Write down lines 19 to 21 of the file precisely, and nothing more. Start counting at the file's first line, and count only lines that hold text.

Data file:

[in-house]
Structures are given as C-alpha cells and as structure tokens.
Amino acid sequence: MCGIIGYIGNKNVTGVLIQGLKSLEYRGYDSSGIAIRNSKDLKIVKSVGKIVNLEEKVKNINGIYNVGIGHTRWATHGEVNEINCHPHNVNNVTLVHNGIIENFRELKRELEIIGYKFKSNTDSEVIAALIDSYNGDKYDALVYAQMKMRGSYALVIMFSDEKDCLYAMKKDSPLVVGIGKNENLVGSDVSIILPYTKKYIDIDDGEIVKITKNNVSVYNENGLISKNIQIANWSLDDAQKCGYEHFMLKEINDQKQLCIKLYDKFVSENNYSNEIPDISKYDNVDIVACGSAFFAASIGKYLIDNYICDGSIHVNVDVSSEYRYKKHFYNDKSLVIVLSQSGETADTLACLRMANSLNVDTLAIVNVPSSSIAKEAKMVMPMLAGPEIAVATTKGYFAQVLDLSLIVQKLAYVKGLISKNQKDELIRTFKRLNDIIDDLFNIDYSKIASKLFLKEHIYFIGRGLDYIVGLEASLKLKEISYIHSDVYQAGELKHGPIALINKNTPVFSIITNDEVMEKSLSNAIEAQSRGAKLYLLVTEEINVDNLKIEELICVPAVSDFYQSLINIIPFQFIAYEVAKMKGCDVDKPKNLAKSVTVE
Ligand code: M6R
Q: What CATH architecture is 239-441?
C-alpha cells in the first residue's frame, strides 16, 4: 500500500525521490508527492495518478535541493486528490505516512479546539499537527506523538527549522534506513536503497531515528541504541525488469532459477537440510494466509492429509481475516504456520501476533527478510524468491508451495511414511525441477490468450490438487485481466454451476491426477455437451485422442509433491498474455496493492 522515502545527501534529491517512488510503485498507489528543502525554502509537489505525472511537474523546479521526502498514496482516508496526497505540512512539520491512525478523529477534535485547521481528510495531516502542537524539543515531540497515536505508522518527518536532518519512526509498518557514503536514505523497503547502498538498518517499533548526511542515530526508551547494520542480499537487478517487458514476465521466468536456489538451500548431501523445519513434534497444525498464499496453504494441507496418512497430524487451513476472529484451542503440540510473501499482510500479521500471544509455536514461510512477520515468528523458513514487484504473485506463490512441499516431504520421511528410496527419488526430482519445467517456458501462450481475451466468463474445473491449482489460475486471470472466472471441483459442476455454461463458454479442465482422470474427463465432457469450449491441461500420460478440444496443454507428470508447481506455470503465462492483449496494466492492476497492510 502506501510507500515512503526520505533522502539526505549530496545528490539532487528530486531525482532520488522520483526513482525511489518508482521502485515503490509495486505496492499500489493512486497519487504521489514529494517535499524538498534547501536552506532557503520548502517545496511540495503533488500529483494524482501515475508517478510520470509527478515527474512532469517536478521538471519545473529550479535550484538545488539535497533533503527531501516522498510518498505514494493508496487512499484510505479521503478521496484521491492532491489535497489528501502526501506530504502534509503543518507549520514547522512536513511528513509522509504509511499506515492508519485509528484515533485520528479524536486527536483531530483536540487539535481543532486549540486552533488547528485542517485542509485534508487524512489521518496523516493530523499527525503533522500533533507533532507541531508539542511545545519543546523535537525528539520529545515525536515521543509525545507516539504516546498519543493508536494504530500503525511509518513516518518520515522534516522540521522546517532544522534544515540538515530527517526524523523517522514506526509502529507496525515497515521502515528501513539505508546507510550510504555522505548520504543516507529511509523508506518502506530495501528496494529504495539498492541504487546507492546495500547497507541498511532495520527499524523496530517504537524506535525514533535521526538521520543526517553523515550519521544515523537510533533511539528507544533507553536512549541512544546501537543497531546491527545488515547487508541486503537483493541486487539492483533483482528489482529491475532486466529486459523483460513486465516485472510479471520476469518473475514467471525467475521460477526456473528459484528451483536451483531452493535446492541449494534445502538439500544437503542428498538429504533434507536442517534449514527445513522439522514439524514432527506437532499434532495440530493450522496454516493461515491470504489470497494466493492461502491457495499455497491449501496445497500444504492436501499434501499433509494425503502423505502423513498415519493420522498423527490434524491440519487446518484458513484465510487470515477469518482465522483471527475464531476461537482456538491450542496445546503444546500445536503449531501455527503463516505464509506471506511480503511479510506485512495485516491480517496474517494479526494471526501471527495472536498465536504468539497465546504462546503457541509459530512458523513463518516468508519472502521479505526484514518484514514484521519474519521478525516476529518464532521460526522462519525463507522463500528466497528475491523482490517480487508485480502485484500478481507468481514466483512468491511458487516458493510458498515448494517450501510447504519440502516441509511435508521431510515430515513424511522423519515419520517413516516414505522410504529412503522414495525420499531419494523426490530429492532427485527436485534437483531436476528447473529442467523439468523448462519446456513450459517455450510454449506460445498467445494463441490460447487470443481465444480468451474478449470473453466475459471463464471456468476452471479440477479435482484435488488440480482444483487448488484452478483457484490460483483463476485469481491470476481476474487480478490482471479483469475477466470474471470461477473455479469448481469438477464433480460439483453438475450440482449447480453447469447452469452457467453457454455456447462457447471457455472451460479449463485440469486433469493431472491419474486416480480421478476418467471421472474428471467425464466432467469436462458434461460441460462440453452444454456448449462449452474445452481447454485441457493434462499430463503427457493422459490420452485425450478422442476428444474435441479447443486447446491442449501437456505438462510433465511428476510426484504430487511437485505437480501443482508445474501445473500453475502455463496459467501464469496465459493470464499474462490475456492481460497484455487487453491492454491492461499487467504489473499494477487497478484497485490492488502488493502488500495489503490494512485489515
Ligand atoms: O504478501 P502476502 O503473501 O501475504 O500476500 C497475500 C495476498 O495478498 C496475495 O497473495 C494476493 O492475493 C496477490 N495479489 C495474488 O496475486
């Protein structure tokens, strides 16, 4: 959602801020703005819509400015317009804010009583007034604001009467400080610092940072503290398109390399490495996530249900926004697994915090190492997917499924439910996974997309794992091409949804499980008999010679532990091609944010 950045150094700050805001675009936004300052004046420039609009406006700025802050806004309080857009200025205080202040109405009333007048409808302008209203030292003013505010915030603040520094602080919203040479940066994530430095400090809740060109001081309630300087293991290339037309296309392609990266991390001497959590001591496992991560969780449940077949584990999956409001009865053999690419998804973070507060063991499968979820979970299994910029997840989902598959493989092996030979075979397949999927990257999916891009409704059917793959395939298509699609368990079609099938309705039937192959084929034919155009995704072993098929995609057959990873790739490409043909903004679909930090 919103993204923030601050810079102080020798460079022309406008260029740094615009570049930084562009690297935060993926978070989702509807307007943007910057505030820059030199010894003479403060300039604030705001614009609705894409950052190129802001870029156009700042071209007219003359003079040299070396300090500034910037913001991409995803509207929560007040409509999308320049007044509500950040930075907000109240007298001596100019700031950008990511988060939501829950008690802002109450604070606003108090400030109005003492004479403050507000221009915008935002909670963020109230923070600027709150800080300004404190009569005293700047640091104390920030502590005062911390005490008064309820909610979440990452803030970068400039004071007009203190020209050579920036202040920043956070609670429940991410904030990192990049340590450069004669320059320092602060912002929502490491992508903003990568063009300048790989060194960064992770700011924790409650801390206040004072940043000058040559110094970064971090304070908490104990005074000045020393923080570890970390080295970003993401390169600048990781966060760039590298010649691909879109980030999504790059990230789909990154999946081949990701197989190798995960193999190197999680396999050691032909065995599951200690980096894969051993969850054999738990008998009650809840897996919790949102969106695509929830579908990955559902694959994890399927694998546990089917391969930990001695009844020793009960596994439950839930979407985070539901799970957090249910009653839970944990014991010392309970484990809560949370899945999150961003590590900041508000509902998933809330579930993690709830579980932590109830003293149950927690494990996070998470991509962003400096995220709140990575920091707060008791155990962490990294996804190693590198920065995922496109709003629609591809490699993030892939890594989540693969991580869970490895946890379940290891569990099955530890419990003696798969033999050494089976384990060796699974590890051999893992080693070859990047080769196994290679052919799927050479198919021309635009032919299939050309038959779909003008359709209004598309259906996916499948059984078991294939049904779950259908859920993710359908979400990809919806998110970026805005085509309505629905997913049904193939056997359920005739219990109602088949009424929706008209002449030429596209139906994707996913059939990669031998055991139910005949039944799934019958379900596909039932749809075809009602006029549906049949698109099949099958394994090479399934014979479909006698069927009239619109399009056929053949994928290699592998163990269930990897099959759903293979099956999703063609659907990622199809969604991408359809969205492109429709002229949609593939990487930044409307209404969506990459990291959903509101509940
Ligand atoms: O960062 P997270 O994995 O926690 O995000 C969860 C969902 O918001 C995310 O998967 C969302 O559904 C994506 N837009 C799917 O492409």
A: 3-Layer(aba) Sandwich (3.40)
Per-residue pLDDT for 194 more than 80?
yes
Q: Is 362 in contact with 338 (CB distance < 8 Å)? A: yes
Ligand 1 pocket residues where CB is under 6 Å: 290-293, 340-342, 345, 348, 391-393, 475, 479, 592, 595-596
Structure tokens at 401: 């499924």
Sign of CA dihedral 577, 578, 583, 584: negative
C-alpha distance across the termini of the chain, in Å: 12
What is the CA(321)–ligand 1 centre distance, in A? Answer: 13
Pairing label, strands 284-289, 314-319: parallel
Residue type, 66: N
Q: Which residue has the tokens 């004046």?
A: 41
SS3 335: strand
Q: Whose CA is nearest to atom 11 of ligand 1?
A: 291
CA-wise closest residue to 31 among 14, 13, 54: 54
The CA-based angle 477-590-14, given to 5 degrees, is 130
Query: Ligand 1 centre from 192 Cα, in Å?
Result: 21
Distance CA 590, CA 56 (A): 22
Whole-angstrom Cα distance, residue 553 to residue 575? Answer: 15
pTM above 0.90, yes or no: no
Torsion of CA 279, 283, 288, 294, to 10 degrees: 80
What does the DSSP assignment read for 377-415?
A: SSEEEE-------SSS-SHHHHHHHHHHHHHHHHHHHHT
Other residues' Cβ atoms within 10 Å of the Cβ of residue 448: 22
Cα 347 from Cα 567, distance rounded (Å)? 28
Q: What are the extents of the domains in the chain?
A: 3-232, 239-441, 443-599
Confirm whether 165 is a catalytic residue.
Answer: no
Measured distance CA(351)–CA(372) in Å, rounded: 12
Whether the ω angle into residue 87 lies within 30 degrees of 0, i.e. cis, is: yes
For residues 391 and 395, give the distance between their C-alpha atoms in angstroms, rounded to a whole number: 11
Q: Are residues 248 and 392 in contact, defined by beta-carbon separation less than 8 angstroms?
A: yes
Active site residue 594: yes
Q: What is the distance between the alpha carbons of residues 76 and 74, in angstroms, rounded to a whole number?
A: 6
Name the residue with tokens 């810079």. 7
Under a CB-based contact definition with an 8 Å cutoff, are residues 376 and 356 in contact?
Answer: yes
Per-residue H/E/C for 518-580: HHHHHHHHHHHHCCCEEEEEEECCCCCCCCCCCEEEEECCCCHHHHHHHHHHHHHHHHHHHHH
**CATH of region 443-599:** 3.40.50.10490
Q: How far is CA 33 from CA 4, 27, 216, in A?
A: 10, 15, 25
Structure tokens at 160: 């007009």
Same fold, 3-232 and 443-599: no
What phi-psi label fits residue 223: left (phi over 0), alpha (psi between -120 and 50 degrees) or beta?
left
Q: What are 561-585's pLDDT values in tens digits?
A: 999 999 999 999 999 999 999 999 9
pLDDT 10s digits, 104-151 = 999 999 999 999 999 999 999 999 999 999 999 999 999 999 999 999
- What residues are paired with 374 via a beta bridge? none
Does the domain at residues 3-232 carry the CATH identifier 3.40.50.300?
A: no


Pairing label, strands 284-289, 314-319: parallel
Residue type, 66: N
Q: Which residue has the tokens 């004046």?